Vehicle production in North America is back near record levels, with output forecast to surpass 16 million units this year for the first time in more than a decade.
But even though the numbers look similar to the days when Detroit used sky-high incentives to grapple with bloated inventories, the industry is in a much different place this time around.
Dozens of assembly and parts plants closed during the recession. Automakers now are running many plants around the clock to keep up with rising demand yet proceeding cautiously to ensure they don't get ahead of the market.
The result is big profits all around and little danger, analysts say, of resuming old habits of overproduction and fire-sale discounts. That's because the increased production isn't expected to result in more units going into the North American market.
A large portion of the increased output stems from automakers exporting more vehicles from North America. Also, Japanese manufacturers are shifting production to U.S. and Mexican plants to blunt the effect of a stronger yen.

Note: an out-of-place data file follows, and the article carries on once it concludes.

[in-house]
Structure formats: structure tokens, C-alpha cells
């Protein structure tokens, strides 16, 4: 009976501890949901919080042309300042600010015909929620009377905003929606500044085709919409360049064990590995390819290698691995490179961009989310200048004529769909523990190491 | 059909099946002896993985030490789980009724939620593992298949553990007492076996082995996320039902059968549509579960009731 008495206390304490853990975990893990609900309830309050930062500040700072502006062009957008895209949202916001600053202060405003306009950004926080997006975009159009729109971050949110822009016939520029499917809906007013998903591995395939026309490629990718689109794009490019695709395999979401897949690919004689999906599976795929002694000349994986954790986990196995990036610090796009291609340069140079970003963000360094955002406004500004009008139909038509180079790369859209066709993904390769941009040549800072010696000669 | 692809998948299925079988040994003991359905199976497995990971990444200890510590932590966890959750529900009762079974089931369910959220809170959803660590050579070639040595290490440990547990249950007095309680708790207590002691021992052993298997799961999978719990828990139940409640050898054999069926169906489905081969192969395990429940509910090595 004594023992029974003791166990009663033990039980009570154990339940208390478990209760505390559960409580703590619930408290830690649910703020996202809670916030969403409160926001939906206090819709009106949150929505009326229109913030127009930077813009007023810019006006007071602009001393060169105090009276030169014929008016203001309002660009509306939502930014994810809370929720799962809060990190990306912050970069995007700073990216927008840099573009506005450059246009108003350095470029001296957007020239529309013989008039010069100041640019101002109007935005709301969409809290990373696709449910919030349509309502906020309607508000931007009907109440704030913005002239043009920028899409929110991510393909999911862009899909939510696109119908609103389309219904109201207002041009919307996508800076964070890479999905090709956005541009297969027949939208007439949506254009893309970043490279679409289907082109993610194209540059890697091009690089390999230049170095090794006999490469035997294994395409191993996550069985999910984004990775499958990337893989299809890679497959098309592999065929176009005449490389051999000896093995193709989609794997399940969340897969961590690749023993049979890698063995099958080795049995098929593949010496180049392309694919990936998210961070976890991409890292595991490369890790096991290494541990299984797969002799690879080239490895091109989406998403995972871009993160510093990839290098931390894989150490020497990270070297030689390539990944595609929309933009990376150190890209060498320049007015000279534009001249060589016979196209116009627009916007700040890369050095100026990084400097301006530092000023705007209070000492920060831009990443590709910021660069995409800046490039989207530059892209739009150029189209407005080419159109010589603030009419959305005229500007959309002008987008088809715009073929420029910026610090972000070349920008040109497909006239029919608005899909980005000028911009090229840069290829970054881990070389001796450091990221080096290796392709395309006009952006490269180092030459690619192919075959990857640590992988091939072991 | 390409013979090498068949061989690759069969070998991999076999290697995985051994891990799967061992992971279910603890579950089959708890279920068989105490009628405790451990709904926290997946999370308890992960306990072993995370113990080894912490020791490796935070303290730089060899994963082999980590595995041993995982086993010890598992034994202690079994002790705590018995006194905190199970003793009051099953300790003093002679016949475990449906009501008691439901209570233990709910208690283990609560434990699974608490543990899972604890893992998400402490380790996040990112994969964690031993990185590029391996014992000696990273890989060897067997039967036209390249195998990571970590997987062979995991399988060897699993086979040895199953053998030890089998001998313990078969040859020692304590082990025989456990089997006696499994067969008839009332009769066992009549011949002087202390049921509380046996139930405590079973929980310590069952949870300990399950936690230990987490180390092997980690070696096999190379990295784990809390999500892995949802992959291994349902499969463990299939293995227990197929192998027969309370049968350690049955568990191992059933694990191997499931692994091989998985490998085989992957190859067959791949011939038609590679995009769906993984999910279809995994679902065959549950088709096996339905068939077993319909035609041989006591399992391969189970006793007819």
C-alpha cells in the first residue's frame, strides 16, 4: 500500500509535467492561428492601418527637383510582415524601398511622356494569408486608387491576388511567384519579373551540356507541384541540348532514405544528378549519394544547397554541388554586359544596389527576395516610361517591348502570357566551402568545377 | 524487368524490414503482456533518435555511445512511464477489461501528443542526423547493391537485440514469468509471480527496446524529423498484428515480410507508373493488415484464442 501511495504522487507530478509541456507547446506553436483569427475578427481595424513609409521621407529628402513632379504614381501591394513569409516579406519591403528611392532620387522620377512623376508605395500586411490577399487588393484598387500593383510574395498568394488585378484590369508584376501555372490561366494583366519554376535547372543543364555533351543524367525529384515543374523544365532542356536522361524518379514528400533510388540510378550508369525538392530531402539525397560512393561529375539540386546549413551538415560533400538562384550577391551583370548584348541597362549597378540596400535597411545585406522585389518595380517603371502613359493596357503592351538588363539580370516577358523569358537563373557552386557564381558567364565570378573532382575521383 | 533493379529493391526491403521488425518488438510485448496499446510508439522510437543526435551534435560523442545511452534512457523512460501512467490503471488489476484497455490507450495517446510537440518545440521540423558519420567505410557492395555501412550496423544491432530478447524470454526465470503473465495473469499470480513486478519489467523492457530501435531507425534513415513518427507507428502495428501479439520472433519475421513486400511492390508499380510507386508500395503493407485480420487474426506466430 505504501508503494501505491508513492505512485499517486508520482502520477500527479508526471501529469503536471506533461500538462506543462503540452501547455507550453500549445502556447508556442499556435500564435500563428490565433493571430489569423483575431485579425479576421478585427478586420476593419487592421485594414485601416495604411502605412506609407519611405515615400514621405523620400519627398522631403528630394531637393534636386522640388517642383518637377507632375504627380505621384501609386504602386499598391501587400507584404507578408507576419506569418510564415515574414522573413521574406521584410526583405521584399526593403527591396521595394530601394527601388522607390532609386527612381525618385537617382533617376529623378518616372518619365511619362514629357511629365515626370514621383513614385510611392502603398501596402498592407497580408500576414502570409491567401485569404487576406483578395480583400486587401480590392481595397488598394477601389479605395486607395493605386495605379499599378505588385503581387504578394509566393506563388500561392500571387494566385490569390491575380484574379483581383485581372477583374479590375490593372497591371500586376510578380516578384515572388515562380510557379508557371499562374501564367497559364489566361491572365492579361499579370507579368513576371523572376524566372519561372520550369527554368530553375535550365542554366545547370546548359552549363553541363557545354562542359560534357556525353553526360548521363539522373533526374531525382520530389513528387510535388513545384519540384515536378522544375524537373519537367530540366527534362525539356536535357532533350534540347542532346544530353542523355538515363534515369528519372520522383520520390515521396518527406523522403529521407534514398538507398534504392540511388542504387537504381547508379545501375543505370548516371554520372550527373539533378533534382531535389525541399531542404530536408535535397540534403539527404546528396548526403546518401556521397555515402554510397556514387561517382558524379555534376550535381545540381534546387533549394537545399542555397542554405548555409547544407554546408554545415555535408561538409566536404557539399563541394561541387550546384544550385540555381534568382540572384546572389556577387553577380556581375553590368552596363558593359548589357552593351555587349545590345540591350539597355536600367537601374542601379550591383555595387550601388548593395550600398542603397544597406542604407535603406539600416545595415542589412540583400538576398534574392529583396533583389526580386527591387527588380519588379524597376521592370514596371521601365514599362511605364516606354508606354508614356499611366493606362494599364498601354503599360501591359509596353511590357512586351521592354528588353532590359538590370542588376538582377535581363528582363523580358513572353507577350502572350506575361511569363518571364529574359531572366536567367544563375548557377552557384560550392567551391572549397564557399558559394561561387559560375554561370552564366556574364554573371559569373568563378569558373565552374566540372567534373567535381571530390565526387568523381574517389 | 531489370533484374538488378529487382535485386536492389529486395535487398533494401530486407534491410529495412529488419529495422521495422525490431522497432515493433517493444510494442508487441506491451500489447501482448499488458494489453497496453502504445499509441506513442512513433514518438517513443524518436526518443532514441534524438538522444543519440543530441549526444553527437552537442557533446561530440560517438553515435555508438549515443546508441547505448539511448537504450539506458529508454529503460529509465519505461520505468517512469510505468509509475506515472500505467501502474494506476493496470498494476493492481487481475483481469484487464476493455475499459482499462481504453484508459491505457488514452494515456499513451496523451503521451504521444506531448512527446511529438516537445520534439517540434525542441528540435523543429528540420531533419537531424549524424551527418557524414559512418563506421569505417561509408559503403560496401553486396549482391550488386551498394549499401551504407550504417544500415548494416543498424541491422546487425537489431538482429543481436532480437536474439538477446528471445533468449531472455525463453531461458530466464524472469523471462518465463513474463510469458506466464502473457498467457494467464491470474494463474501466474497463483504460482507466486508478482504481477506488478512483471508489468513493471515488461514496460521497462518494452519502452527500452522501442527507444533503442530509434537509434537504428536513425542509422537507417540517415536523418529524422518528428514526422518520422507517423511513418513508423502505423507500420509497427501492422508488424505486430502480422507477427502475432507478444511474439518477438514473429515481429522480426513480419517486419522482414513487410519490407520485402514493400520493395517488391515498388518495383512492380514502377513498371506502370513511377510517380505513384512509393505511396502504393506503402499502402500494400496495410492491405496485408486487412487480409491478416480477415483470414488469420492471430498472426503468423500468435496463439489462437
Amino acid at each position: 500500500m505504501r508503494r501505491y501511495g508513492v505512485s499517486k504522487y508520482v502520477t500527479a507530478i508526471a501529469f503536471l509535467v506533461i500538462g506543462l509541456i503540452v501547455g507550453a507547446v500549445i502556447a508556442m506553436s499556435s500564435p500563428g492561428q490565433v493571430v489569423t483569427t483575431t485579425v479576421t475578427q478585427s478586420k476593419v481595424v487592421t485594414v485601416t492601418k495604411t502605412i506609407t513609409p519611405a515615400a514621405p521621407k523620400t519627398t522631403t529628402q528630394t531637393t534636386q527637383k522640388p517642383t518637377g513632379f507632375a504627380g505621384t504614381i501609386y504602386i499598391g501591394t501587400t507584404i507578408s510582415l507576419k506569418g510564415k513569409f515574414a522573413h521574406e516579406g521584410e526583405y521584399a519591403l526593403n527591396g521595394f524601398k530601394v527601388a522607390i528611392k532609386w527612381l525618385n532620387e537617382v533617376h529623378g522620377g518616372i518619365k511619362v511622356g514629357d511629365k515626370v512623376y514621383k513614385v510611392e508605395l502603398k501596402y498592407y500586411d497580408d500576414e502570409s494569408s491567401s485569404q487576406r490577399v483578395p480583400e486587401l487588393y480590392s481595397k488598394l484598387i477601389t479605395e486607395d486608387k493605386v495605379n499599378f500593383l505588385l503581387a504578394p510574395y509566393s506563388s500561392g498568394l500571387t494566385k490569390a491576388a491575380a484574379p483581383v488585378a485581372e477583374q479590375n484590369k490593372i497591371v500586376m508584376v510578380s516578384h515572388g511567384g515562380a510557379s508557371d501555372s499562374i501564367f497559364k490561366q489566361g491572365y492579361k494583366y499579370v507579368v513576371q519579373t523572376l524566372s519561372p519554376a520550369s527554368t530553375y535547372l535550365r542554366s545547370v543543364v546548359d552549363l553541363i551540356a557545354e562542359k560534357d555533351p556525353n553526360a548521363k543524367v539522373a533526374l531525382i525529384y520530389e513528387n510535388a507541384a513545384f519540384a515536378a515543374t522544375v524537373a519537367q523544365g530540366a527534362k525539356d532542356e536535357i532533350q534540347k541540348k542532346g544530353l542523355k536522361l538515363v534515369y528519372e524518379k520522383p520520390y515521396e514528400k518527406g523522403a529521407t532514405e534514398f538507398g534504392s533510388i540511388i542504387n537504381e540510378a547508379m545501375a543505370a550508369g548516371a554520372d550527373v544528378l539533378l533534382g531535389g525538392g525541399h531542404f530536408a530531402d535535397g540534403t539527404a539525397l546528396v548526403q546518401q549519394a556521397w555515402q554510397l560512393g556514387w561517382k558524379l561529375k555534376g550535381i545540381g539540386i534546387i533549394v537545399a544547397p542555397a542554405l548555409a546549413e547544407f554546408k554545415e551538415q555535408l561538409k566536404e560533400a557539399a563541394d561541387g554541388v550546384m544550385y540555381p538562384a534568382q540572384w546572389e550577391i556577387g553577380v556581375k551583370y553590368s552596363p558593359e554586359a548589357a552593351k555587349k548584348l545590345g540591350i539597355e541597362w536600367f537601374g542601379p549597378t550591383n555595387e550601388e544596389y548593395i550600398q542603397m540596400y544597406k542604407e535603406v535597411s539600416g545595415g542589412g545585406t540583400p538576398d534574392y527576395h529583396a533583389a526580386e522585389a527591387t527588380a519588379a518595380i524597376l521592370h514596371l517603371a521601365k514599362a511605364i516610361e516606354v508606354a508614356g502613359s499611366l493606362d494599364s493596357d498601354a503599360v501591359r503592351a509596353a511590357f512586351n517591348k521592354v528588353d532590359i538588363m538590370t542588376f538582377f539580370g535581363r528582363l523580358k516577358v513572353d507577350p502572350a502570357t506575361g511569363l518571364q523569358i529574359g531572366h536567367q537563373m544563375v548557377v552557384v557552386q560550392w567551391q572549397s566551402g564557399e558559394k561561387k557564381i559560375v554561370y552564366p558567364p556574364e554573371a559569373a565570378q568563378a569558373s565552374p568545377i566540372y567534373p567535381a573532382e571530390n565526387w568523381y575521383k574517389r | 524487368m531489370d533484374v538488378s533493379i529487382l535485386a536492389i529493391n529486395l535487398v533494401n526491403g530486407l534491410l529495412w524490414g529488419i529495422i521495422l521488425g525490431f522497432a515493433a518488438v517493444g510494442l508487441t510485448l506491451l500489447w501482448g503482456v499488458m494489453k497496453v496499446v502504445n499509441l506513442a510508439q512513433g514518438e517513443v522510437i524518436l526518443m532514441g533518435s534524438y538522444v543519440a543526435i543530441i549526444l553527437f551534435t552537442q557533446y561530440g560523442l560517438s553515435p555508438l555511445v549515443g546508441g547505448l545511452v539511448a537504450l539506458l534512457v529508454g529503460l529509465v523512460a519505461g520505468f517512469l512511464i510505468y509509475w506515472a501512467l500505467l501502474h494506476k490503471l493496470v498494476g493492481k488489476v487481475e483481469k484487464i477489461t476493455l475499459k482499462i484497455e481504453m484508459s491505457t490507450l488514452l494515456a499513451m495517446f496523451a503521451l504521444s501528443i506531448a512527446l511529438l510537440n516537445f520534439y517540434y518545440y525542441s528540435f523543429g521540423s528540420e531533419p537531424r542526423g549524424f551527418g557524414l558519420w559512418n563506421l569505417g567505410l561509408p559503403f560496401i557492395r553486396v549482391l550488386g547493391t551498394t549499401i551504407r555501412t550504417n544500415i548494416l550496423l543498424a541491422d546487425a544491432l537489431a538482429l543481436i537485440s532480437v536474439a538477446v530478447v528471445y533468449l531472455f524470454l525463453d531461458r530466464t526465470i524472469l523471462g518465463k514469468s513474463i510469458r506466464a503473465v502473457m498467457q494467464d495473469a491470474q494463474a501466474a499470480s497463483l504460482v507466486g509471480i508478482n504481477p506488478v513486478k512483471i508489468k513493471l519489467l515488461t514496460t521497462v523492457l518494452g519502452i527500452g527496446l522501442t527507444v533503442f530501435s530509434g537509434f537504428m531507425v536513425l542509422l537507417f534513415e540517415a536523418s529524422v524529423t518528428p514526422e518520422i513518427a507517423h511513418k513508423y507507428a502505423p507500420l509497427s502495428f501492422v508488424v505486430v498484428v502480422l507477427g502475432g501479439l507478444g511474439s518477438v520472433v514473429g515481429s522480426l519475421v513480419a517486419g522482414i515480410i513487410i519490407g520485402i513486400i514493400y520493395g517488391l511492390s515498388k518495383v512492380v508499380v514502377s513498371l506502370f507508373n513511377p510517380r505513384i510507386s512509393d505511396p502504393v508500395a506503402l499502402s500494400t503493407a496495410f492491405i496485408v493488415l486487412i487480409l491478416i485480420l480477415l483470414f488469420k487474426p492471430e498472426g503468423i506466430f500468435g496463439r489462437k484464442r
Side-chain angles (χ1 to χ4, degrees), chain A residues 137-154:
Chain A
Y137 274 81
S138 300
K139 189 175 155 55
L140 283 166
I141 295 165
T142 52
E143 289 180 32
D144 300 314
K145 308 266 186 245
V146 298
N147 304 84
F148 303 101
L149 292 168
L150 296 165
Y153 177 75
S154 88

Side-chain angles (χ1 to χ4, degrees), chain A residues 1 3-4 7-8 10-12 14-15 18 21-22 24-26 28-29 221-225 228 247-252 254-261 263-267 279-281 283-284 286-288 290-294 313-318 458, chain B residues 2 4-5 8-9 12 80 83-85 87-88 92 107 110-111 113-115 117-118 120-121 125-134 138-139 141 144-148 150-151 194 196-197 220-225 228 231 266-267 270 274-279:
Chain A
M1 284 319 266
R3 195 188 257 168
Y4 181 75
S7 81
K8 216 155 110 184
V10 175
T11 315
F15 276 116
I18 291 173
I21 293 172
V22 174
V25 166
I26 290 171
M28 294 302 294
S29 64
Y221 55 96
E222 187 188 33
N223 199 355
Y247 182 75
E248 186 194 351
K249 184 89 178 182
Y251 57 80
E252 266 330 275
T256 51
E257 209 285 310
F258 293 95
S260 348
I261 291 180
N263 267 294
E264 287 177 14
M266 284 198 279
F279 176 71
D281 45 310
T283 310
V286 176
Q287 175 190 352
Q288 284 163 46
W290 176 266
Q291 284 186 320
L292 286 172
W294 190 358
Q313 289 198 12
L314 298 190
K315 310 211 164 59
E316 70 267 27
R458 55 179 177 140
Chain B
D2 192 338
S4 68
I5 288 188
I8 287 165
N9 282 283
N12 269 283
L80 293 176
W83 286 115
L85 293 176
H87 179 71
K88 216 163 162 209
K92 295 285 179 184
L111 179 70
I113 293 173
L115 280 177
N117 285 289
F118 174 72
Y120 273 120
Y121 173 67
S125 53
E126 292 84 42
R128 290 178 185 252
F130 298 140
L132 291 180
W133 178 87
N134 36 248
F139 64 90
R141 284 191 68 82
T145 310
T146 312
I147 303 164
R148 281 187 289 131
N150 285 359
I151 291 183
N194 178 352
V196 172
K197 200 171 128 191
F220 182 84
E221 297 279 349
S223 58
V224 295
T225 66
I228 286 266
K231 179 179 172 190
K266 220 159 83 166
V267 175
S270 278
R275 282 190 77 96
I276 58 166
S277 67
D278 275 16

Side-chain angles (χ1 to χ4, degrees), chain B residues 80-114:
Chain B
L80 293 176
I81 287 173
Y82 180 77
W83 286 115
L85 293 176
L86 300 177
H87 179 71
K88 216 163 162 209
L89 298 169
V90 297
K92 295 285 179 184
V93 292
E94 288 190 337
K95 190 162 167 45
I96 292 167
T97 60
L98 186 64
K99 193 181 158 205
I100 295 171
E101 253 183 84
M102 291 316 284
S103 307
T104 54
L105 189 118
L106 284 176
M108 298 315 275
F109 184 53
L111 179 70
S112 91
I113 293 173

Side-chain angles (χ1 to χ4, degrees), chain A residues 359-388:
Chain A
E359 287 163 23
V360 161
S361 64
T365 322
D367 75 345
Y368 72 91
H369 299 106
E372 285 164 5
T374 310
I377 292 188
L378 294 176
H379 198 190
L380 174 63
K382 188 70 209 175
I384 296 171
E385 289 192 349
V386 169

Meanwhile, even as sales keep growing, each of the Detroit 3 says it sees no need to build or reopen plants in North America.
"There's always ways in manufacturing to figure out how to make more," says Jim Tetreault, vice president of North American manufacturing at Ford Motor Co., which is increasing its annual capacity in the region by 600,000 units over an 18-month period that began in mid-2012. Ford also is cutting its usual two-week summer shutdown in half at many plants.
"The trend at Ford is we're going to run more and more hours," Tetreault says. "Our goal moving forward is to try to continue to up that operating capacity."